With that ... the gargoyle portions of Hunchback were completed. The finished film was released in the summer of 1996. While not a huge hit like The Lion King, Disney's Hunchback of Notre Dame got respectful reviews and did okay at the box office.

But one guy really fell in love with this movie: Disney chairman Michael Eisner. Hunchback is - hands down - Eisner's favorite film among all the animated cartoons Disney Studio has created in the 15 years he's been running the company. Michael liked this movie so much that he asked Disney Theatrical Production to create a stage version of the show.

Under the direction of noted Broadway playwright / director James Lapine, a stage version of Disney's Hunchback was produced in 1999. But not in New York. Instead, this live stage version of the movie musical had its world premiere last summer in Berlin. (Why Berlin? Because - of all the countries in all the world - the one place where Disney's animated version of Hunchback was a true blockbuster at the box office was Germany. So when it came time to roll out the live stage version of the show, Berlin seemed like the obvious place to go.)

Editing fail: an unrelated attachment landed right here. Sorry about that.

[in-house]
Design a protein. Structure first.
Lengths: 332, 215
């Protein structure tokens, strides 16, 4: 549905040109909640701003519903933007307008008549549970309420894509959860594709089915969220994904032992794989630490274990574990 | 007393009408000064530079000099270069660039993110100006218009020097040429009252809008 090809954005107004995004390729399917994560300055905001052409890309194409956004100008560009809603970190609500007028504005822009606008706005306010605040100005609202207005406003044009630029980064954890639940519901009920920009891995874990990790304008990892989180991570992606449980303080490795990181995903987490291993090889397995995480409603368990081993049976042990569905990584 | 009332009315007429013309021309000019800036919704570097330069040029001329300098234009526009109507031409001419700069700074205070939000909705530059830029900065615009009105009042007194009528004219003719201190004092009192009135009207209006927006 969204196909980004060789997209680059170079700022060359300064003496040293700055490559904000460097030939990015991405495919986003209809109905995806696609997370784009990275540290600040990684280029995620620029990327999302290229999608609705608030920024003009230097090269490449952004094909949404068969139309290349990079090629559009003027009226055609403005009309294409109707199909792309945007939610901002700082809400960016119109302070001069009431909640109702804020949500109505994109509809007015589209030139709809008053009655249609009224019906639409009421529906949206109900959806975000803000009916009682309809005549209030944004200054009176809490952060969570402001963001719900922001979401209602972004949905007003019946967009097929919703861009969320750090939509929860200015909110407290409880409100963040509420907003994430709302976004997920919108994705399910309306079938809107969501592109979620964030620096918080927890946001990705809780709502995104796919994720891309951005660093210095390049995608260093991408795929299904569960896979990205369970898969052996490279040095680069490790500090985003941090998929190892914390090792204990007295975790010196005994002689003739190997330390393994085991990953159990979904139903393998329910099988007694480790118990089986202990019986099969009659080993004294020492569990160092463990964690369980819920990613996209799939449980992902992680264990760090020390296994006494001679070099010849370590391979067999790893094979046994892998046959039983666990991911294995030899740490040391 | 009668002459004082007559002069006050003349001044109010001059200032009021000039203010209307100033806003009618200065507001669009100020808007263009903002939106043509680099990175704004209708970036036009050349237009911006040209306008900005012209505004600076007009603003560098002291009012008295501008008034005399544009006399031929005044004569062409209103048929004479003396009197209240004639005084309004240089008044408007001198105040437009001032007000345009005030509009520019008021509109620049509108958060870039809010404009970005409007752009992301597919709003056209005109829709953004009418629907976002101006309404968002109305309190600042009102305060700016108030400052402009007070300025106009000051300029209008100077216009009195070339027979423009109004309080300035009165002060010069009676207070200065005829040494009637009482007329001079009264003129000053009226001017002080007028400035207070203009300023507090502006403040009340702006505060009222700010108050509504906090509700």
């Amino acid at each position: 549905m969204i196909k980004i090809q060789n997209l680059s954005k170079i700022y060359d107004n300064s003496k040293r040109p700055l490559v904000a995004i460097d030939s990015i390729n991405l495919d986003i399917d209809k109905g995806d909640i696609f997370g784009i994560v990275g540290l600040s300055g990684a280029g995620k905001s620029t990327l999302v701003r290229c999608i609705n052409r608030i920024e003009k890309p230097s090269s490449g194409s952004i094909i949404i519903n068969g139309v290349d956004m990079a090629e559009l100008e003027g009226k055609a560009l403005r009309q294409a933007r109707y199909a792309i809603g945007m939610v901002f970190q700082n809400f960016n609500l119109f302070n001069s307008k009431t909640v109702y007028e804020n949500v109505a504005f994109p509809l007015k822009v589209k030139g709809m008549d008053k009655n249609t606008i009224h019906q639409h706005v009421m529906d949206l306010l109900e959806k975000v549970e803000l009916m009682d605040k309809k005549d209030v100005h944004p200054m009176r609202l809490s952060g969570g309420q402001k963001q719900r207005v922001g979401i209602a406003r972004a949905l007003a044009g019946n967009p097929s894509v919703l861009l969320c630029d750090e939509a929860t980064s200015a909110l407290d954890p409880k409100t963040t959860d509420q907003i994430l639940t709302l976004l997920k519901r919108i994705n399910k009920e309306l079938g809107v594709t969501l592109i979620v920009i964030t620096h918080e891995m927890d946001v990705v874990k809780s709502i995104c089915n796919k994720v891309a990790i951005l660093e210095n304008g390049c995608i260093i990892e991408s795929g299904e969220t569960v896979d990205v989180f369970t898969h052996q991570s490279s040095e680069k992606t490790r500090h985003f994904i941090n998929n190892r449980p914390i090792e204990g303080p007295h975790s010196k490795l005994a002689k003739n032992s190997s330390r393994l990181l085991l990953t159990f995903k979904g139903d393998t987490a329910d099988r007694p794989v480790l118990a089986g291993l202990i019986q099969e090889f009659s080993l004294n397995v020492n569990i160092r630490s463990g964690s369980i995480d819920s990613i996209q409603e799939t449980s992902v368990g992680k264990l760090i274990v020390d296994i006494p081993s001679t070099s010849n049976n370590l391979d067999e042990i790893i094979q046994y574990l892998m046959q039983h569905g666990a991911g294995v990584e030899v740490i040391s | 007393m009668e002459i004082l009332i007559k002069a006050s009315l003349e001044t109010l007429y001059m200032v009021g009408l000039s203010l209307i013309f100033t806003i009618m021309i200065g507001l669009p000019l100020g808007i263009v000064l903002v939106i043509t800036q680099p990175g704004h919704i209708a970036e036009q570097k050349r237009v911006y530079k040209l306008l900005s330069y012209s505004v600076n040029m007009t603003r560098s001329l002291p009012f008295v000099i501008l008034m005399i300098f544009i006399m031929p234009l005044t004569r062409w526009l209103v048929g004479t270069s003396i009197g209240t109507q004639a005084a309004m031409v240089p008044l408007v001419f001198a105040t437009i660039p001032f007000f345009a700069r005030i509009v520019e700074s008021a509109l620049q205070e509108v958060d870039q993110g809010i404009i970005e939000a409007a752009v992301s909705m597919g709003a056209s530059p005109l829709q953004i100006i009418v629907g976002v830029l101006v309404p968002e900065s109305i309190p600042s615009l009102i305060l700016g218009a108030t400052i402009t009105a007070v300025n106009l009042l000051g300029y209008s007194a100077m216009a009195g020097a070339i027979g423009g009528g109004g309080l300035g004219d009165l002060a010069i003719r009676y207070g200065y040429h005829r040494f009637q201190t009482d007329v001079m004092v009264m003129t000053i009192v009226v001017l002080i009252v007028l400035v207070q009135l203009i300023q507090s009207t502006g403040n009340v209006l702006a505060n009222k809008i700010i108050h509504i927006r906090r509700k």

The live stage version of Disney's Der Glockner Von Notre Dame has proven to be pretty popular with German audiences. The show's been playing to mostly sold out houses since its debut in June 1999 at the Musical Theater Berlin.

Lately, there's been some talk that the Mouse might bring this live stage version of Hunchback stateside to try a run on Broadway. If they do, I do hope that Disney Theatrical gives some thought to offering the part of Laverne to Cyndi Lauper. I mean, come on, fair's fair. Given all the heartbreak Lauper went through with the movie version of this show, it only stands to reason that Cyndi deserves a shot at stardom with the live stage version.

I mean, it isn't starring in a Disney animated cartoon, but it's close.

Besides, by the time Hunchback finally turns up on Broadway, Lauper will probably be old enough to play Laverne.